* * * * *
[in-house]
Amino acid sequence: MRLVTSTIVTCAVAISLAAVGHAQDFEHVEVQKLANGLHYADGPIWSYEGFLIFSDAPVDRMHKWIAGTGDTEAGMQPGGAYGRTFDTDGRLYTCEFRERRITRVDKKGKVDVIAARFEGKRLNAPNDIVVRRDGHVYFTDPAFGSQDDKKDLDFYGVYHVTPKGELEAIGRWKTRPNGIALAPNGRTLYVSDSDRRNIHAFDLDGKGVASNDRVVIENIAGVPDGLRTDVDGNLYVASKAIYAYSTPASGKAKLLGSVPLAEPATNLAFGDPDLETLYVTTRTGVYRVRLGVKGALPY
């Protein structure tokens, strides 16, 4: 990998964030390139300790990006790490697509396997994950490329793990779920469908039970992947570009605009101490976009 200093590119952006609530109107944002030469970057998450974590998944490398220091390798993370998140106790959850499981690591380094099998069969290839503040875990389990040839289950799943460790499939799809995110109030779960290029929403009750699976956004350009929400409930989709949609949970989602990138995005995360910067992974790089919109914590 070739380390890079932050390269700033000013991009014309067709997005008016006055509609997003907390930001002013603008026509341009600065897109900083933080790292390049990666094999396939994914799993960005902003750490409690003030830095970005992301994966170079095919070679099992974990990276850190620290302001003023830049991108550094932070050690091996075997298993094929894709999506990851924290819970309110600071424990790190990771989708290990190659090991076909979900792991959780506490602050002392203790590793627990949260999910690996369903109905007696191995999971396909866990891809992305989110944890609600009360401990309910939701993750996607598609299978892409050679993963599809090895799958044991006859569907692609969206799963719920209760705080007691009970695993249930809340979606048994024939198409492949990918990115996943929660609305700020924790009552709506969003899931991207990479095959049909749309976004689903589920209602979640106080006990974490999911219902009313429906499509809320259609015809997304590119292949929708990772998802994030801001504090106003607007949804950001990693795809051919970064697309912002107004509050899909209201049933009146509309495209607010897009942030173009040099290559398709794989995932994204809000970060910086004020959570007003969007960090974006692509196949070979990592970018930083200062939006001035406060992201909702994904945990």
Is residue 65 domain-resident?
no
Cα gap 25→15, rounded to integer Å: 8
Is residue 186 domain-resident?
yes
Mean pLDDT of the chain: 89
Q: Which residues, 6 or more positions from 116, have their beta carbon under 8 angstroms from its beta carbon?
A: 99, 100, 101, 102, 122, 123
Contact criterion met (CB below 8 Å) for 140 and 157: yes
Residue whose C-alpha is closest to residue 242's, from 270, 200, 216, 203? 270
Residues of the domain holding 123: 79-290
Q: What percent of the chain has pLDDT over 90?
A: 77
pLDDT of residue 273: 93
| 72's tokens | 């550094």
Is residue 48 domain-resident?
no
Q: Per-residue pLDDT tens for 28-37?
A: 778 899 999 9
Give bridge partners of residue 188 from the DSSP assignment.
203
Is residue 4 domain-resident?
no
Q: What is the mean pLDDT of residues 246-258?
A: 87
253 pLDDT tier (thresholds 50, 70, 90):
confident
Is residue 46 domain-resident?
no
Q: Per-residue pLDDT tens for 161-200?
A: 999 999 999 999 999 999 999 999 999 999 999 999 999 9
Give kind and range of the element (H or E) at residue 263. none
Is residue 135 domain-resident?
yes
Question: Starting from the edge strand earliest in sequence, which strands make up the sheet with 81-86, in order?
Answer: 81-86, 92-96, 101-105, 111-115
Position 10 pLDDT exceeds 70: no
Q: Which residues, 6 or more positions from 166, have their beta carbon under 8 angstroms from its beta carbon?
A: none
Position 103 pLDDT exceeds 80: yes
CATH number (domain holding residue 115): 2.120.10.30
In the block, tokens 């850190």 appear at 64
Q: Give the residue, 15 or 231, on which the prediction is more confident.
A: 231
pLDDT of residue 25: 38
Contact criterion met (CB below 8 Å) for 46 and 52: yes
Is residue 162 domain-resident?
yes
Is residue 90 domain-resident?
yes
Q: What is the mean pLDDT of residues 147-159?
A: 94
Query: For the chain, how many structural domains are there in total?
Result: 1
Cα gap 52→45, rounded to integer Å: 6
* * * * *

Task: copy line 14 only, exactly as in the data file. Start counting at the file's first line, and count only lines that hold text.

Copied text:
Residues of the domain holding 123: 79-290